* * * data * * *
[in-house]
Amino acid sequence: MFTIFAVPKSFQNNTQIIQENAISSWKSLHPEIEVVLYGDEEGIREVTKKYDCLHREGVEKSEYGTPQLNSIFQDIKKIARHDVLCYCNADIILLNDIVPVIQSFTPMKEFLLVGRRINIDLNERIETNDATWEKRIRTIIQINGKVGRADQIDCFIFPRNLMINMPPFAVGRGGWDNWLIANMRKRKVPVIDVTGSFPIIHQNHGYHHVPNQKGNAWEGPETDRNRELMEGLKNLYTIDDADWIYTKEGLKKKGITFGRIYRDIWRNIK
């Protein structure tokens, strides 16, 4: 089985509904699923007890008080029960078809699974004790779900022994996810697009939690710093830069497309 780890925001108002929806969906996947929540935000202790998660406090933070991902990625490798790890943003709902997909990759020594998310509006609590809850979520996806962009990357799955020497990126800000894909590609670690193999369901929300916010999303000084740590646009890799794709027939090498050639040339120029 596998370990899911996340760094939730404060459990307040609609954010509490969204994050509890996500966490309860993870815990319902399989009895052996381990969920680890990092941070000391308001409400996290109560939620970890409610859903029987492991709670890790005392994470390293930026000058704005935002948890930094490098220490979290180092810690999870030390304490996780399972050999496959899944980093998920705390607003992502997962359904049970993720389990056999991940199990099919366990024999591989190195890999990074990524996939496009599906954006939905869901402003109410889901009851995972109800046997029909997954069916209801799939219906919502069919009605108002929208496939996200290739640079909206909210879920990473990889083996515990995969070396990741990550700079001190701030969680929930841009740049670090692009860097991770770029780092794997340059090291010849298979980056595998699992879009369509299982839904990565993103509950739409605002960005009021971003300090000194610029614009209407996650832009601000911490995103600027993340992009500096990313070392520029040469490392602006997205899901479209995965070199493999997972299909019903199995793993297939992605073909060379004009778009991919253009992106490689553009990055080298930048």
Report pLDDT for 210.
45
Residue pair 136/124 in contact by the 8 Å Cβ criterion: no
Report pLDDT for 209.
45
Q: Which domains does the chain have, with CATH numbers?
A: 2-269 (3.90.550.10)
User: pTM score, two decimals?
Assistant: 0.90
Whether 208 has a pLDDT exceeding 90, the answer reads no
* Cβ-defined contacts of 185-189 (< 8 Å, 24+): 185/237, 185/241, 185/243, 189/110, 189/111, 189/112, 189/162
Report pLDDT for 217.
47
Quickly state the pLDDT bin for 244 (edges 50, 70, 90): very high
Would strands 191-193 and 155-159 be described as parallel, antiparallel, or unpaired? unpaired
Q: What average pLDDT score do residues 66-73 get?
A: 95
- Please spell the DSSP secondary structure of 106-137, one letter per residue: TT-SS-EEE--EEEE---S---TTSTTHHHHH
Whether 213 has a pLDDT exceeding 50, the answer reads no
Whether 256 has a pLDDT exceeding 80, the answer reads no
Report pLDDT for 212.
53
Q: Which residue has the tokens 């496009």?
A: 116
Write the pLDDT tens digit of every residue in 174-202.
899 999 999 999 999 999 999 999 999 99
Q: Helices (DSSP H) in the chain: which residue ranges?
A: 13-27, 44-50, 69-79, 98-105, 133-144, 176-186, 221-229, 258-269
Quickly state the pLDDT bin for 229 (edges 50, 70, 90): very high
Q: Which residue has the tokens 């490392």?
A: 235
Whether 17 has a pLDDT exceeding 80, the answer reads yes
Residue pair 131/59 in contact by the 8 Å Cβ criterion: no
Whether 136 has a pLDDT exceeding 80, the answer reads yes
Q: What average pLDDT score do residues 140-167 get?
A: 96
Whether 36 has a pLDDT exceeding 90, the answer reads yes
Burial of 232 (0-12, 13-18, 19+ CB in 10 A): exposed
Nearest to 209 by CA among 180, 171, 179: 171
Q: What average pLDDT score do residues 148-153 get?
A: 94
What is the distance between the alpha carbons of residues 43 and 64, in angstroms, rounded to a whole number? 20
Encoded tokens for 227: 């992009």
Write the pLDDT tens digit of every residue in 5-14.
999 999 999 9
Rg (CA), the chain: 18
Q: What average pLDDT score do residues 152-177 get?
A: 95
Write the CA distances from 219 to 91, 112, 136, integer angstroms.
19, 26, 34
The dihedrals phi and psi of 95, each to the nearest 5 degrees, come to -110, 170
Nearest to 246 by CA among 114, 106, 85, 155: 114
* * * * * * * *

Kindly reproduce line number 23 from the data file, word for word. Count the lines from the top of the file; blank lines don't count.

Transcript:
Whether 256 has a pLDDT exceeding 80, the answer reads no